25 May 2009
Wenas, Part 1 of ?
On my way to the Wenas Campout for People Who Hate ORVs, near the top of Umptanum Ridge is a set of abandoned buildings, recently used as (1) target practice, (2) a party place for the under-aged crowd, and (3) much less socially-sanctioned activities.
As I approached, I noticed a decent-sized bird perched on a snag just above the roof of the main house. Took a few photos for later IDing, then decided to get closer as it was difficult to discern who was there.
The percher was an American Kestrel, but he never waited around for his de Mille screen shot. "I coulda made you a star!" What s/he did, though, was get me out of the car and wandering the complex for the first time.
I'm really surprised someone hasn't torn them all down, or at least made it difficult to enter. Carefully walking through, I hear a bit of chirping that calls me toward the inside of the front porch. As I get closer, the chirping stops, but I still can't figure out where it came from.
Rounding a corner, I almost physically intersect with what I believe is a Says Phoebe, one of the possible parents to my haunted and still-hidden sounds, who immediately leaves the window area to land on a snag about 25 feet away. It's then I notice what is probably the other parent on a branch about 15 feet distant. They both are unsure what to do with me, and bounce between branches and snag, taking a look, moving back, moving forward, rinse and repeat.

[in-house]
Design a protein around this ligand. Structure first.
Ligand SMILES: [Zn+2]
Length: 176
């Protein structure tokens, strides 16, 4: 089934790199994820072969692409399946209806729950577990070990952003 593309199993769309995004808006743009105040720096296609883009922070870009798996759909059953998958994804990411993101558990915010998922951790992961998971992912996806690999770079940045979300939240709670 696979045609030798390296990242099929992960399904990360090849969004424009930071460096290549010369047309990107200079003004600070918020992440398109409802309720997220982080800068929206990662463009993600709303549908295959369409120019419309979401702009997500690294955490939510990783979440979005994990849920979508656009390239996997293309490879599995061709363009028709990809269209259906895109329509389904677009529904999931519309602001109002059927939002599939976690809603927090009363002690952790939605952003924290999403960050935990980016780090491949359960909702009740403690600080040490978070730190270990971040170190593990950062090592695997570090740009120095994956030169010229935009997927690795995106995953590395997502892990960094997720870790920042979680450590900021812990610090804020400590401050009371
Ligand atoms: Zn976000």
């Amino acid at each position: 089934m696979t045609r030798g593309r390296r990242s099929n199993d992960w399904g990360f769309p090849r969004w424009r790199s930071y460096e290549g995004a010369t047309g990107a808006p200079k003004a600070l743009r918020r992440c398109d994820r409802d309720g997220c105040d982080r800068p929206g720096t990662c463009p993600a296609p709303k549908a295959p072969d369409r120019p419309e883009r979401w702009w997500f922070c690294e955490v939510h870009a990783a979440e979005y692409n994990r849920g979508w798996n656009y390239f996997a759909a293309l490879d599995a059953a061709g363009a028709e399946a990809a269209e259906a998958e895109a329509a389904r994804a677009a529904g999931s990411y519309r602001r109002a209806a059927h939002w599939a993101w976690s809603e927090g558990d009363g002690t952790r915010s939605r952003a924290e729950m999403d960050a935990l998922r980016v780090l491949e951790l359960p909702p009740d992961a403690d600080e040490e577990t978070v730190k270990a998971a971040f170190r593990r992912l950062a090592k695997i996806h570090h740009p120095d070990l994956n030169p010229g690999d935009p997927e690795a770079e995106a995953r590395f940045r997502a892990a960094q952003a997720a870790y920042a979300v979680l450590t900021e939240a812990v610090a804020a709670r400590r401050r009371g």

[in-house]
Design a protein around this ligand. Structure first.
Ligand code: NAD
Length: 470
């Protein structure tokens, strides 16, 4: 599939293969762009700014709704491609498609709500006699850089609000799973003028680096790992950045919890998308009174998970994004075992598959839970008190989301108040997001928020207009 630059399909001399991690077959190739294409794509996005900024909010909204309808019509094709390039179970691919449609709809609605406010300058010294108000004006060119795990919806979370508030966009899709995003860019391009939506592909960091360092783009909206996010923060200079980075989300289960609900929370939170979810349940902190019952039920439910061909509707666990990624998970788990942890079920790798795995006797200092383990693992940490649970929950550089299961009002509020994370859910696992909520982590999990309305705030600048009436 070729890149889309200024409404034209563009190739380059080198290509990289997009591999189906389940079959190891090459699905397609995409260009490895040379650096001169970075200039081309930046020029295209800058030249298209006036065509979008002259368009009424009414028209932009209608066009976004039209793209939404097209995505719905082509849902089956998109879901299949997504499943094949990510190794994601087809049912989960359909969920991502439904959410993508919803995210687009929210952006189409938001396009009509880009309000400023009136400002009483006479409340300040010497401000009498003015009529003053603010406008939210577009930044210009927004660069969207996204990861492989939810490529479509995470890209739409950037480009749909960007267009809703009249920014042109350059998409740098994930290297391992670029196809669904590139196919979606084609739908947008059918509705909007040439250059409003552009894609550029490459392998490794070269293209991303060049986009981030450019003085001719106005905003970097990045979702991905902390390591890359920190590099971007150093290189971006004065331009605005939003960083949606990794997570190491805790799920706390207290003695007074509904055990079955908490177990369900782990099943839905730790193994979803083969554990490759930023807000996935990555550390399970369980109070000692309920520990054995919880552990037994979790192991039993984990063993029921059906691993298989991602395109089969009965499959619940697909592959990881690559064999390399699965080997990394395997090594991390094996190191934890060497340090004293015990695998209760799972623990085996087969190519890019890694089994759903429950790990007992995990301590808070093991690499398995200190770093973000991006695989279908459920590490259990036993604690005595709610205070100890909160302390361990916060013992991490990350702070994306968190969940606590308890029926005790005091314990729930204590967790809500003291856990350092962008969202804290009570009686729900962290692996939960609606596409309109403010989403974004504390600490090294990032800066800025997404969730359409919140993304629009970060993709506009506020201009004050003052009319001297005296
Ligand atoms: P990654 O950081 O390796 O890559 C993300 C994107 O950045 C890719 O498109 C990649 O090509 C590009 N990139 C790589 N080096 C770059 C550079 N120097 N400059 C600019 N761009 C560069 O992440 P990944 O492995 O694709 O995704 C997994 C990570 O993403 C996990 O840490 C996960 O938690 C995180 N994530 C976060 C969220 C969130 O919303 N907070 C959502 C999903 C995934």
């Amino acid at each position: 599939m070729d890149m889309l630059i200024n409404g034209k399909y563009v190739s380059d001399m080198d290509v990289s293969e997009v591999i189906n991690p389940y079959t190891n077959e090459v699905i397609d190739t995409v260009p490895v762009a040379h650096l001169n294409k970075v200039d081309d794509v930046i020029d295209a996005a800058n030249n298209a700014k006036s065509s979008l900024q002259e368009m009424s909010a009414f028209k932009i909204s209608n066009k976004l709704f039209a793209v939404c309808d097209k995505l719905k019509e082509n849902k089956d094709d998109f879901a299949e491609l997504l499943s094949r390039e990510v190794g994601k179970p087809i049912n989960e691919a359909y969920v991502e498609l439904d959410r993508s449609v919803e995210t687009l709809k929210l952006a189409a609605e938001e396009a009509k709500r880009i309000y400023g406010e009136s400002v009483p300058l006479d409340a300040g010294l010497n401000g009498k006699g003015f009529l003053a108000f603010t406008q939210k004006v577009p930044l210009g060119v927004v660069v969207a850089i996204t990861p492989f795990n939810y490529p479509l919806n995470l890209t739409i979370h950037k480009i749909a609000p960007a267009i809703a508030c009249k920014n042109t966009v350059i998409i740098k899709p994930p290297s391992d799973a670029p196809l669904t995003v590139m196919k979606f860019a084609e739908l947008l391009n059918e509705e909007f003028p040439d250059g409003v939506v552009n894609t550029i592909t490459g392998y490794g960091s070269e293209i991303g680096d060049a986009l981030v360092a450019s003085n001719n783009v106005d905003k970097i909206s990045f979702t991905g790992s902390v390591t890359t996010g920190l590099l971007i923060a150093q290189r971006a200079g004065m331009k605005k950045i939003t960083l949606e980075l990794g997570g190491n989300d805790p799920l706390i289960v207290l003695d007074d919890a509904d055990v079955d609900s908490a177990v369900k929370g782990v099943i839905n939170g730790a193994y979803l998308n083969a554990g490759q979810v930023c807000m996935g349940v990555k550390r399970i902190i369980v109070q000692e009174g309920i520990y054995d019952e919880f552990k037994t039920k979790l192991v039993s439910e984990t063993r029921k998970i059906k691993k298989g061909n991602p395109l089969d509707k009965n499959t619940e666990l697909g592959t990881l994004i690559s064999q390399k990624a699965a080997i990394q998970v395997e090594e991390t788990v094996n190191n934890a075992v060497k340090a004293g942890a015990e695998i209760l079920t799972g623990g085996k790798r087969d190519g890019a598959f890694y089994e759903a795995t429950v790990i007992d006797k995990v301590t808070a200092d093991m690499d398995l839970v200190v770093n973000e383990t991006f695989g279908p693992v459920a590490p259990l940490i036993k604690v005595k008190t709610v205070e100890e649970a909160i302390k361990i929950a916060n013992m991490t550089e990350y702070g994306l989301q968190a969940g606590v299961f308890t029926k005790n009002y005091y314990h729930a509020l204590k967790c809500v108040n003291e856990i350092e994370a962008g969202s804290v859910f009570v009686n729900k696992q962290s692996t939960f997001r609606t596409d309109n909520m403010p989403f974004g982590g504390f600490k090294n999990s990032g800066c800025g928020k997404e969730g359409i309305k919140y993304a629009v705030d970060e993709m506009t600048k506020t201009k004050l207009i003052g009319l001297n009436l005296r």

They allow me a few Kodak moments, when it finally dawns on me they want in, and I walk back to the road.
Getting out of the car turns out to be the catalyst that turned the average 30-minute bumpy and dusty drive from Ellensburg to Wenas into a 90-minute field trip. Along the way: Northern Mockingbirds, Mourning Doves, Red-winged Blackbirds, Western Meadowlarks, Brewer's Blackbirds, Common Ravens, Bar and Tree Swallows, Western and Mountain Bluebirds, a Western Kingbird, more Says, Black-billed Magpies, a possible Golden Eagle (too far for my photography to be definitive, near the same ridgeline), several gorgeous Turkey Vultures, and Red-tailed Hawks. I'm sure others were missed, but not a bad start to the weekend.